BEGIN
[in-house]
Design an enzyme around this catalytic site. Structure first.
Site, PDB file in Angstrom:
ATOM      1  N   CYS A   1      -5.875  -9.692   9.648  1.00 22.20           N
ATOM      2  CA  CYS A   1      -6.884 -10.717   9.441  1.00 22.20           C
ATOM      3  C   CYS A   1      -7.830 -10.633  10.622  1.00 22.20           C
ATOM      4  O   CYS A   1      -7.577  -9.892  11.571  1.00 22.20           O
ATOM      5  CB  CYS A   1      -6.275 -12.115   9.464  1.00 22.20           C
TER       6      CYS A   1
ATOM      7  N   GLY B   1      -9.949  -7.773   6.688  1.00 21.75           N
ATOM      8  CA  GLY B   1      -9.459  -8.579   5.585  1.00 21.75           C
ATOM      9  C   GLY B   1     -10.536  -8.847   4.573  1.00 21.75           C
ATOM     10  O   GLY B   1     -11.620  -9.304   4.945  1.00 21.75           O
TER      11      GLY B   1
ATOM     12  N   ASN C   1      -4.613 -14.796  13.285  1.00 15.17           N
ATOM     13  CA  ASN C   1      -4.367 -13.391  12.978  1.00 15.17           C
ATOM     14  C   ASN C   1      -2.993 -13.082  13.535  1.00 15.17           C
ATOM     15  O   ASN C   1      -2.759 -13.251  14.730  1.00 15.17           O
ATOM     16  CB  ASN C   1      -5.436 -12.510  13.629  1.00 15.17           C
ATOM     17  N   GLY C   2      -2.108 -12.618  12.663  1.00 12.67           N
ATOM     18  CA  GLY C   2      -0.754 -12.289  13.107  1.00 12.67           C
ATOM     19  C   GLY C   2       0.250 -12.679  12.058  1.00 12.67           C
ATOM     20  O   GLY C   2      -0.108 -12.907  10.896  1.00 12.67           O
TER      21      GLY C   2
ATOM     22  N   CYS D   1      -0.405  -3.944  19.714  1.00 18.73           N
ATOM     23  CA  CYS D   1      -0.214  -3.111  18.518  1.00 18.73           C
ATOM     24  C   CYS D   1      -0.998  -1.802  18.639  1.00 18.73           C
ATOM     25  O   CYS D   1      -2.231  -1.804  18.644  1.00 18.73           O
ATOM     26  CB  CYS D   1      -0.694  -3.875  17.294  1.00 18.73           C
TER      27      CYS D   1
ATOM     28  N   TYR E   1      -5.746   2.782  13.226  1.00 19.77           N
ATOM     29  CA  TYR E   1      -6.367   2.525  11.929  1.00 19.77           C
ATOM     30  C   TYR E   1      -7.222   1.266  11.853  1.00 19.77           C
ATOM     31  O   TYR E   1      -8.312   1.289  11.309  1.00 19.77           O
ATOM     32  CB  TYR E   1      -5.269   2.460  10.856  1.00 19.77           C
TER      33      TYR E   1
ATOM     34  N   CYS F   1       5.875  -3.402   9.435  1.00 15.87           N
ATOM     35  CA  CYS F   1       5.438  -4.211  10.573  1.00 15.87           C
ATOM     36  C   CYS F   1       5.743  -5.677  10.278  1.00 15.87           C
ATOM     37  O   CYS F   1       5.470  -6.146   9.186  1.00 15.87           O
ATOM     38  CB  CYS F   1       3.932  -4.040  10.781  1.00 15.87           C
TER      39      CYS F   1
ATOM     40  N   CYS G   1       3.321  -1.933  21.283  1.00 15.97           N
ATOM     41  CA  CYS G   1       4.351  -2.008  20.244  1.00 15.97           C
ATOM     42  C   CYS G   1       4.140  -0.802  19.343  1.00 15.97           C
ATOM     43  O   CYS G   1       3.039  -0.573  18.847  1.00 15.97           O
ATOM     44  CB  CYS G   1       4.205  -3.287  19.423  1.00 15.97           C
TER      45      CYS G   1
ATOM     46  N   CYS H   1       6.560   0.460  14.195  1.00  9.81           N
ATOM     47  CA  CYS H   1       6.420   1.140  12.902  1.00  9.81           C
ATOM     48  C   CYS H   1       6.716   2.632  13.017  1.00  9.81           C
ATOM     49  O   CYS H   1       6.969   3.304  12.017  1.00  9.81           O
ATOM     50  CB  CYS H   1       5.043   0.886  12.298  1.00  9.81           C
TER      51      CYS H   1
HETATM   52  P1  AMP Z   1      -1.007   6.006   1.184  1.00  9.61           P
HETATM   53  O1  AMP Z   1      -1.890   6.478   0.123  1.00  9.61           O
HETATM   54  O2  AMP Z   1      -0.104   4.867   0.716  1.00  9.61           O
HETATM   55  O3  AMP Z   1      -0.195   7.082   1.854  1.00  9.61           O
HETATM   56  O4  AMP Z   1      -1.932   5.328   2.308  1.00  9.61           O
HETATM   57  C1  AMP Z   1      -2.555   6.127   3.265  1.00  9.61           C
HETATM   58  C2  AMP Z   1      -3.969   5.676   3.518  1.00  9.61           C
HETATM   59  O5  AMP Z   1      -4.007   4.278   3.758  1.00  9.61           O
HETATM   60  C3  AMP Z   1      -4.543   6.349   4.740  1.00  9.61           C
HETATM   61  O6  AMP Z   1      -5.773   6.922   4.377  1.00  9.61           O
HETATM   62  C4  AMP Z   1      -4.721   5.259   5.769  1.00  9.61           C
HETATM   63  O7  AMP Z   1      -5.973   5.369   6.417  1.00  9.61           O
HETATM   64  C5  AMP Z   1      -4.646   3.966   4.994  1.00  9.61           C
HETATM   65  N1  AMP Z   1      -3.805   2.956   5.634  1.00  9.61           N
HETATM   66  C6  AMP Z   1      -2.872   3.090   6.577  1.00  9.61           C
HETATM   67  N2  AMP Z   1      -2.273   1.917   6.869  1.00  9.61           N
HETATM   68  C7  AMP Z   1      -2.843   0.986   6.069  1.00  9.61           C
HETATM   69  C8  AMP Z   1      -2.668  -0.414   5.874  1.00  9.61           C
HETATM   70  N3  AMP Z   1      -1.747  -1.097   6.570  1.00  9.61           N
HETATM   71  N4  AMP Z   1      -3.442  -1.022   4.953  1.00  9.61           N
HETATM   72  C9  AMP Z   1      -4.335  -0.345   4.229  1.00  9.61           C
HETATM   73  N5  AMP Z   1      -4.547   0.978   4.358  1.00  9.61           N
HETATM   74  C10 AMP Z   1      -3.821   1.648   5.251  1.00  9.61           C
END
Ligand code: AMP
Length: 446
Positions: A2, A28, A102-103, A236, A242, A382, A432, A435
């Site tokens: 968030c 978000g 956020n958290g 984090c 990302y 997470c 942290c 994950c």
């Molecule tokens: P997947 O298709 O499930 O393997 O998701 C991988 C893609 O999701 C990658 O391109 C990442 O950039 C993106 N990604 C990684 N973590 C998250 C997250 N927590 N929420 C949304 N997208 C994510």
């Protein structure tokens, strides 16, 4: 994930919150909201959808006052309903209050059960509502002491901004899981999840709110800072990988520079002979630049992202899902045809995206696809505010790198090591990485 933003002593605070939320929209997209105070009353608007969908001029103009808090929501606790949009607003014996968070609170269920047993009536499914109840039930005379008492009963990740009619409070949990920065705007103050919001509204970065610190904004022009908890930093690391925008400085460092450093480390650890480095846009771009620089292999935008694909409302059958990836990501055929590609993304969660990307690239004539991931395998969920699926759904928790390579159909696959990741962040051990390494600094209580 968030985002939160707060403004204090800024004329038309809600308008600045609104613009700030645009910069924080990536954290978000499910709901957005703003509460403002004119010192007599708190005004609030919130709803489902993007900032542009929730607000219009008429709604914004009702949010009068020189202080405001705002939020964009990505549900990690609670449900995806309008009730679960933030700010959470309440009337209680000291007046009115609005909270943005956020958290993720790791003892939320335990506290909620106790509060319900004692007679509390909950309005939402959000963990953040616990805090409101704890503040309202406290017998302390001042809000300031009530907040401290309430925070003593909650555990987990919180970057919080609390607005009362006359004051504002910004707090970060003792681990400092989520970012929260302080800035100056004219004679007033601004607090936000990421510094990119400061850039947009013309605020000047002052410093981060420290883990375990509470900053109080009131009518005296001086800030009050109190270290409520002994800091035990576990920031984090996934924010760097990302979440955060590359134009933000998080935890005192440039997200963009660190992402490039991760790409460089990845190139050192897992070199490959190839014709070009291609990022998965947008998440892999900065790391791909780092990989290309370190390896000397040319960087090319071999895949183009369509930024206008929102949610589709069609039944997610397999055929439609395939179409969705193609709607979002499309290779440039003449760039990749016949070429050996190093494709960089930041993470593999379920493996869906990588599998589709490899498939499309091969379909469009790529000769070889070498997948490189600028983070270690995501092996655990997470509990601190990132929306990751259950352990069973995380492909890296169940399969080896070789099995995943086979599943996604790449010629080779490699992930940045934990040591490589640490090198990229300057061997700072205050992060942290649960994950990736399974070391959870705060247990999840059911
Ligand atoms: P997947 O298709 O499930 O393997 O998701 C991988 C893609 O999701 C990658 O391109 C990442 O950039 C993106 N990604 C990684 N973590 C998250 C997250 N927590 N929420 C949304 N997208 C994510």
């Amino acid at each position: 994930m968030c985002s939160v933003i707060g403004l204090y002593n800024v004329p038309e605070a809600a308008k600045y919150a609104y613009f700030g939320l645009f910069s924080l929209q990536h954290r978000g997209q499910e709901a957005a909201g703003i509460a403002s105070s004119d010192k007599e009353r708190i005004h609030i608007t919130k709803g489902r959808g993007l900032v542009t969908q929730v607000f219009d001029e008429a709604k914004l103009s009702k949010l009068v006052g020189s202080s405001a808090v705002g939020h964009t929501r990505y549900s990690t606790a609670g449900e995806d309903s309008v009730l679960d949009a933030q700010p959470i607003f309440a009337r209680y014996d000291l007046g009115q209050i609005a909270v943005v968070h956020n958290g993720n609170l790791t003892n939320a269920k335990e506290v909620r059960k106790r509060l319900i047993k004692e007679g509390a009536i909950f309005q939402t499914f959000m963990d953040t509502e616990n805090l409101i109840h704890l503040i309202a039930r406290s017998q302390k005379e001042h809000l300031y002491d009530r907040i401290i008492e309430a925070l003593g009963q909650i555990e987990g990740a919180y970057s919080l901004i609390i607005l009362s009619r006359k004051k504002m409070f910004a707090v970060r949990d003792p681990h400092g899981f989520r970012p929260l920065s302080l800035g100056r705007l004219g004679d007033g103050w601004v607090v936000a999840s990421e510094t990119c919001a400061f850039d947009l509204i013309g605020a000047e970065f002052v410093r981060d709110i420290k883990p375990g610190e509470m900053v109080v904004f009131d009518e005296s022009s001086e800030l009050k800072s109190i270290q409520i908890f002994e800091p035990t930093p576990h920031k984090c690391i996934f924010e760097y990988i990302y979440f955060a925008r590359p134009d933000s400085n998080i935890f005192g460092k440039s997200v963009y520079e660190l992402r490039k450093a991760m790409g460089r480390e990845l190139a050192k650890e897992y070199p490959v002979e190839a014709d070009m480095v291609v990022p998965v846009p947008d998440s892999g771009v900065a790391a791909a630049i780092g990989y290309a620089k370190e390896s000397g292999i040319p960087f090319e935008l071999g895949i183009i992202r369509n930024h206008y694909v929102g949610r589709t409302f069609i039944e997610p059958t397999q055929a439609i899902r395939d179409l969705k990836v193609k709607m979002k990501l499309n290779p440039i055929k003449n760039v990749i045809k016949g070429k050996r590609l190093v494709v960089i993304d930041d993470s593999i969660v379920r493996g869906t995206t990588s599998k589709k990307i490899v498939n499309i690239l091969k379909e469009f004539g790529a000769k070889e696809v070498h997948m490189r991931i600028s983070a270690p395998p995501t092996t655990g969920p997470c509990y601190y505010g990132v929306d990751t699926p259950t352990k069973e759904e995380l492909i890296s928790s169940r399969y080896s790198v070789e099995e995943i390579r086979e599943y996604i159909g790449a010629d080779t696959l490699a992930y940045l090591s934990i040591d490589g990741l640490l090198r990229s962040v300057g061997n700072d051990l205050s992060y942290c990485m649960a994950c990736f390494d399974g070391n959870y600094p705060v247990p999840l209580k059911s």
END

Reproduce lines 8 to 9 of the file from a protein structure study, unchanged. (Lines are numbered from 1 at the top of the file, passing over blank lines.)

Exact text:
ATOM      5  CB  CYS A   1      -6.275 -12.115   9.464  1.00 22.20           C
TER       6      CYS A   1